By Staff Reporter
ADDIS ABABA – (BORKENA) – Thousands of residents who were displaced in Dassanech Woreda of the Southern Region in Ethiopia due to the floods caused by the overflow of Omo River are crying for help as they have not been provided with emergency aid, sources said.
A local elector, representative of Dassanech Special Constituency in the Regional State Council, Kebede Sahile, criticized the government as the main responsible body for the displacement of the local herdsmen, Ethiopia Insider reported here yesterday.
Dassanech Wereda, one of the administrative structures under South Omo Zone, consists of 16 islands and is divided into 40 Kebeles. Every winter season, the floods that occur following the overflow of the Omo River, many residents have been fleeing their homes for months, according to Ethiopia Insider.
However, since 2018, the frequency of flood and the number of affected areas have increased. Following this, the number of people who have been forced to flee the area has been on the rise, Kebede said.
The People’s representative pointed out that the causes for the displacement of people in 28 Kebeles of Dassanech Woreda “were the Gilgel Gibe One, Two Three and Koisha Dams that were built on the Omo River”.
Previously the people residing in the coastal areas and islands of Omo River used to be evicted by flooding between July and mid-September. But now following the constriction of the dams, the people are displaced the whole year, according to Kebede. He further said that due to the inundation that covered the area, it is hardly possible to get pasture for livestock.
“The herdsmen are now being given emergency aid on a daily basis. This is not enough. They have been displaced for months. Now they are not getting aid large enough for one month properly, Kebede, member of the South Ethiopian Regional Council said, emphasizing the seriousness of the situation. The current population of Dassanech Woreda is estimated at 85 thousand. The floods caused by the dams built on the Omo River have “impacted” most of the residents, according to the public representative.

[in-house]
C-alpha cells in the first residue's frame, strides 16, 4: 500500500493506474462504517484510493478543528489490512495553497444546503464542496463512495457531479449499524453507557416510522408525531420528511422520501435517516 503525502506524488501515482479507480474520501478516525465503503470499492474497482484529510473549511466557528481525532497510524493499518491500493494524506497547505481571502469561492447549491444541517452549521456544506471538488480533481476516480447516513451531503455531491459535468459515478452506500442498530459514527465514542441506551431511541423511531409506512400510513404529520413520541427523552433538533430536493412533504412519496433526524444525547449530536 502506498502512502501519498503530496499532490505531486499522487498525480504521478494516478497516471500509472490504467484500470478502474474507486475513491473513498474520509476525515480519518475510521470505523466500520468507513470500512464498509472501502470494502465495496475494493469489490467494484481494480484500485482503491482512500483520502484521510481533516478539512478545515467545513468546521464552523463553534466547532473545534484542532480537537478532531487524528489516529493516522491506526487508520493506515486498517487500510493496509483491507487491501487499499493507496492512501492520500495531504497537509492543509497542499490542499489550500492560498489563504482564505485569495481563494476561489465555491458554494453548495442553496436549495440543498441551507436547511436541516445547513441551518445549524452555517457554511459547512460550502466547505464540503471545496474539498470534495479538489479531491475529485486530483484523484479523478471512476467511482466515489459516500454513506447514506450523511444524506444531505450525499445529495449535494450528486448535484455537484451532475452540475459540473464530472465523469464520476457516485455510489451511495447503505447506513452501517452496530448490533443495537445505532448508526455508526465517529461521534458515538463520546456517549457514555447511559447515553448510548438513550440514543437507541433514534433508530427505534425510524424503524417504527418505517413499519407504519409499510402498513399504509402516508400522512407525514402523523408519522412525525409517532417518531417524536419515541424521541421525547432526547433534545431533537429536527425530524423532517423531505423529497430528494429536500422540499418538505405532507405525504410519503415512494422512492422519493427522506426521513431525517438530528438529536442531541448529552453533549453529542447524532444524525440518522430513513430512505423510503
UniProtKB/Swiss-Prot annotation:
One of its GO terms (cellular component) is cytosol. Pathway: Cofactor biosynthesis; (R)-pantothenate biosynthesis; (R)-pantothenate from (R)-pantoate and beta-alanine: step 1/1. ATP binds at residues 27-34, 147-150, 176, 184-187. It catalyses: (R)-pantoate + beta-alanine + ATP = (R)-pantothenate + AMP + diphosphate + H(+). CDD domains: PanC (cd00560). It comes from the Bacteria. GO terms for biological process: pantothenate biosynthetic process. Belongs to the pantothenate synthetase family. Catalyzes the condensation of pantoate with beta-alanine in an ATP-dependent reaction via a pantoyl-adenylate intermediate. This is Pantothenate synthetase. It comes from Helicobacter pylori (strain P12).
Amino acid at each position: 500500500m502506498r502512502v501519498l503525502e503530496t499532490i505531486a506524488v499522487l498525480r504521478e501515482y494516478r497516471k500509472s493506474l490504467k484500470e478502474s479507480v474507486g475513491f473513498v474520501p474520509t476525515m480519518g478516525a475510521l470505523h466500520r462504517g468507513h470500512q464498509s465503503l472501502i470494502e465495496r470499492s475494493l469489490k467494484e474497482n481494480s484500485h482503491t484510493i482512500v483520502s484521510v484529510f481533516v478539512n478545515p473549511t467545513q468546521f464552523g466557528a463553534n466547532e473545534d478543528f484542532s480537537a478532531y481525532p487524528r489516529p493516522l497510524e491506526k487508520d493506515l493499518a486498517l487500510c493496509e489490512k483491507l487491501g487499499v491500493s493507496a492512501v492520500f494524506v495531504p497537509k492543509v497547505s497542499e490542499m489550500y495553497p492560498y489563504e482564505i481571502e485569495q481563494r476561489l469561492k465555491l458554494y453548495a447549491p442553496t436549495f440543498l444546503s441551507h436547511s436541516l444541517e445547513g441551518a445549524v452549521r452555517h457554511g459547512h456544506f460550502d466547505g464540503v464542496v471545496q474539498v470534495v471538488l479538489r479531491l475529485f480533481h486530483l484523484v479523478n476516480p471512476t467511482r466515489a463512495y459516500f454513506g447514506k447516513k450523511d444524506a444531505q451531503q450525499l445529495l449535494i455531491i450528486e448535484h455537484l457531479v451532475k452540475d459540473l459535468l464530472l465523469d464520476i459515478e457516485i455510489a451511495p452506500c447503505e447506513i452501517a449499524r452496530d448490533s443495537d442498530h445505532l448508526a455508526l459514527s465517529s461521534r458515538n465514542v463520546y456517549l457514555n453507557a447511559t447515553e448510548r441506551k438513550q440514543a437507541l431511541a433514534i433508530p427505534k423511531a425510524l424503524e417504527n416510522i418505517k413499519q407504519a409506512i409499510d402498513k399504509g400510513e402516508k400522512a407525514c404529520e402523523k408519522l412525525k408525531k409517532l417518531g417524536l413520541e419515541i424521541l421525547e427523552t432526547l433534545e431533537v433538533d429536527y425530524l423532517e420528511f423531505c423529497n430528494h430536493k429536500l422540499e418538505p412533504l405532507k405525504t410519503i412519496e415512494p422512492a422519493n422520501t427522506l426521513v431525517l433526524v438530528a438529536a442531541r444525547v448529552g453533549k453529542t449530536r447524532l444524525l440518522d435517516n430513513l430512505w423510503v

A week ago, the International Federation of Red Cross announced that 85 percent of the population in Dassanech Woreda had been displaced due to floods. The humanitarian organisation also stated that social infrastructure such as health centres, schools, and irrigation networks were badly damaged by the floods.
The Associated Press reported fortnight ago that the International Rescue Committee, another humanitarian organisation operating in the area, announced that the number of displaced people in Dassanech Woreda due to the floods caused by the Omo River is about 79,000. Kebede stated that the problems that the lower sections of the society might face when dams are built on the Omo River have been studied by an independent body. He criticized the government saying that “remedial proposals should have been implemented before the dams were built …before leaving residents vulnerable to displacement and food shortages’ ‘.
A government representative refuted the allegation saying that “the charge filed against the government is not acceptable”. The displacement has even occurred in areas where there are no dams. So, the flooding occured due to climate change, the chief administrator of Southern Region, Tilahun Kebede told Ethiopia Insider.
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